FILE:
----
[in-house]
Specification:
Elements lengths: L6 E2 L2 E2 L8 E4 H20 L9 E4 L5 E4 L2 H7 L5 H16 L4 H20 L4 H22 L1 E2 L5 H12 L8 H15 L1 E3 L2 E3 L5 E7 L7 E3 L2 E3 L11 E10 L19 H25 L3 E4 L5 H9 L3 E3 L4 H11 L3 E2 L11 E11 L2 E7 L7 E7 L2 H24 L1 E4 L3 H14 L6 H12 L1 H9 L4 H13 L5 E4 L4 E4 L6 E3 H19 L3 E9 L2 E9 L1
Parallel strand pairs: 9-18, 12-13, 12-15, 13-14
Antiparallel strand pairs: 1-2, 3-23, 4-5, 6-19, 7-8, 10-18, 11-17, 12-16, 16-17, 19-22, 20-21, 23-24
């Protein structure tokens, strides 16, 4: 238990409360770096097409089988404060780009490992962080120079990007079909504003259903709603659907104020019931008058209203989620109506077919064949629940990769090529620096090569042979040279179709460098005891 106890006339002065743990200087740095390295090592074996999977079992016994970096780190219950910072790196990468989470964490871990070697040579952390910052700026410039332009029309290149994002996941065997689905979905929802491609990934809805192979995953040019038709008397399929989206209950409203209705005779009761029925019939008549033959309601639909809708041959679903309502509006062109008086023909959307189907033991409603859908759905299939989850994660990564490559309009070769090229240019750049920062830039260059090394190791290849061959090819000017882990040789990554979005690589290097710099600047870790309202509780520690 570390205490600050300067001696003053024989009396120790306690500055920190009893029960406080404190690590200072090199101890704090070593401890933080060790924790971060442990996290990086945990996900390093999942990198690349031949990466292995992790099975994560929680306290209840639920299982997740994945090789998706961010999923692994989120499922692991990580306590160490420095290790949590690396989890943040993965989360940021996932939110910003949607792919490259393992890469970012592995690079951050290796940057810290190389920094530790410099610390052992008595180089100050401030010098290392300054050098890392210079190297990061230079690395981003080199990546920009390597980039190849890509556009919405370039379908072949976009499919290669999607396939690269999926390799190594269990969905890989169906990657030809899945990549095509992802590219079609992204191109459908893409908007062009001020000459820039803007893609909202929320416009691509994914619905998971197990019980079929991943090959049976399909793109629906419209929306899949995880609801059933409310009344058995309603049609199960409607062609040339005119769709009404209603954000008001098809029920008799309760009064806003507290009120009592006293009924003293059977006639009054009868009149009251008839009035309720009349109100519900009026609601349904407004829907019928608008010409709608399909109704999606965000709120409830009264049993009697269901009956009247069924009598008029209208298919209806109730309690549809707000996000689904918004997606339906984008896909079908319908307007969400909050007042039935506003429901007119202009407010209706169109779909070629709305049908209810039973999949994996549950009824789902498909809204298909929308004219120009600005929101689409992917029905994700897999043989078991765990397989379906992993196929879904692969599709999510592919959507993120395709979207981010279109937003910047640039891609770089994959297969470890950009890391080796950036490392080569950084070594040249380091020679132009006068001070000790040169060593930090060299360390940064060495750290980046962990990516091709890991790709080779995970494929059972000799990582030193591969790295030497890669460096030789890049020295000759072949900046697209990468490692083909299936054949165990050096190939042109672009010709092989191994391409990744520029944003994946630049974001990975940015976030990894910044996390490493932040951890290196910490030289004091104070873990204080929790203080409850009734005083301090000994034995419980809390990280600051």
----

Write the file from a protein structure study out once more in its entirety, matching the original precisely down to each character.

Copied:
[in-house]
Specification:
Elements lengths: L6 E2 L2 E2 L8 E4 H20 L9 E4 L5 E4 L2 H7 L5 H16 L4 H20 L4 H22 L1 E2 L5 H12 L8 H15 L1 E3 L2 E3 L5 E7 L7 E3 L2 E3 L11 E10 L19 H25 L3 E4 L5 H9 L3 E3 L4 H11 L3 E2 L11 E11 L2 E7 L7 E7 L2 H24 L1 E4 L3 H14 L6 H12 L1 H9 L4 H13 L5 E4 L4 E4 L6 E3 H19 L3 E9 L2 E9 L1
Parallel strand pairs: 9-18, 12-13, 12-15, 13-14
Antiparallel strand pairs: 1-2, 3-23, 4-5, 6-19, 7-8, 10-18, 11-17, 12-16, 16-17, 19-22, 20-21, 23-24
């Protein structure tokens, strides 16, 4: 238990409360770096097409089988404060780009490992962080120079990007079909504003259903709603659907104020019931008058209203989620109506077919064949629940990769090529620096090569042979040279179709460098005891 106890006339002065743990200087740095390295090592074996999977079992016994970096780190219950910072790196990468989470964490871990070697040579952390910052700026410039332009029309290149994002996941065997689905979905929802491609990934809805192979995953040019038709008397399929989206209950409203209705005779009761029925019939008549033959309601639909809708041959679903309502509006062109008086023909959307189907033991409603859908759905299939989850994660990564490559309009070769090229240019750049920062830039260059090394190791290849061959090819000017882990040789990554979005690589290097710099600047870790309202509780520690 570390205490600050300067001696003053024989009396120790306690500055920190009893029960406080404190690590200072090199101890704090070593401890933080060790924790971060442990996290990086945990996900390093999942990198690349031949990466292995992790099975994560929680306290209840639920299982997740994945090789998706961010999923692994989120499922692991990580306590160490420095290790949590690396989890943040993965989360940021996932939110910003949607792919490259393992890469970012592995690079951050290796940057810290190389920094530790410099610390052992008595180089100050401030010098290392300054050098890392210079190297990061230079690395981003080199990546920009390597980039190849890509556009919405370039379908072949976009499919290669999607396939690269999926390799190594269990969905890989169906990657030809899945990549095509992802590219079609992204191109459908893409908007062009001020000459820039803007893609909202929320416009691509994914619905998971197990019980079929991943090959049976399909793109629906419209929306899949995880609801059933409310009344058995309603049609199960409607062609040339005119769709009404209603954000008001098809029920008799309760009064806003507290009120009592006293009924003293059977006639009054009868009149009251008839009035309720009349109100519900009026609601349904407004829907019928608008010409709608399909109704999606965000709120409830009264049993009697269901009956009247069924009598008029209208298919209806109730309690549809707000996000689904918004997606339906984008896909079908319908307007969400909050007042039935506003429901007119202009407010209706169109779909070629709305049908209810039973999949994996549950009824789902498909809204298909929308004219120009600005929101689409992917029905994700897999043989078991765990397989379906992993196929879904692969599709999510592919959507993120395709979207981010279109937003910047640039891609770089994959297969470890950009890391080796950036490392080569950084070594040249380091020679132009006068001070000790040169060593930090060299360390940064060495750290980046962990990516091709890991790709080779995970494929059972000799990582030193591969790295030497890669460096030789890049020295000759072949900046697209990468490692083909299936054949165990050096190939042109672009010709092989191994391409990744520029944003994946630049974001990975940015976030990894910044996390490493932040951890290196910490030289004091104070873990204080929790203080409850009734005083301090000994034995419980809390990280600051």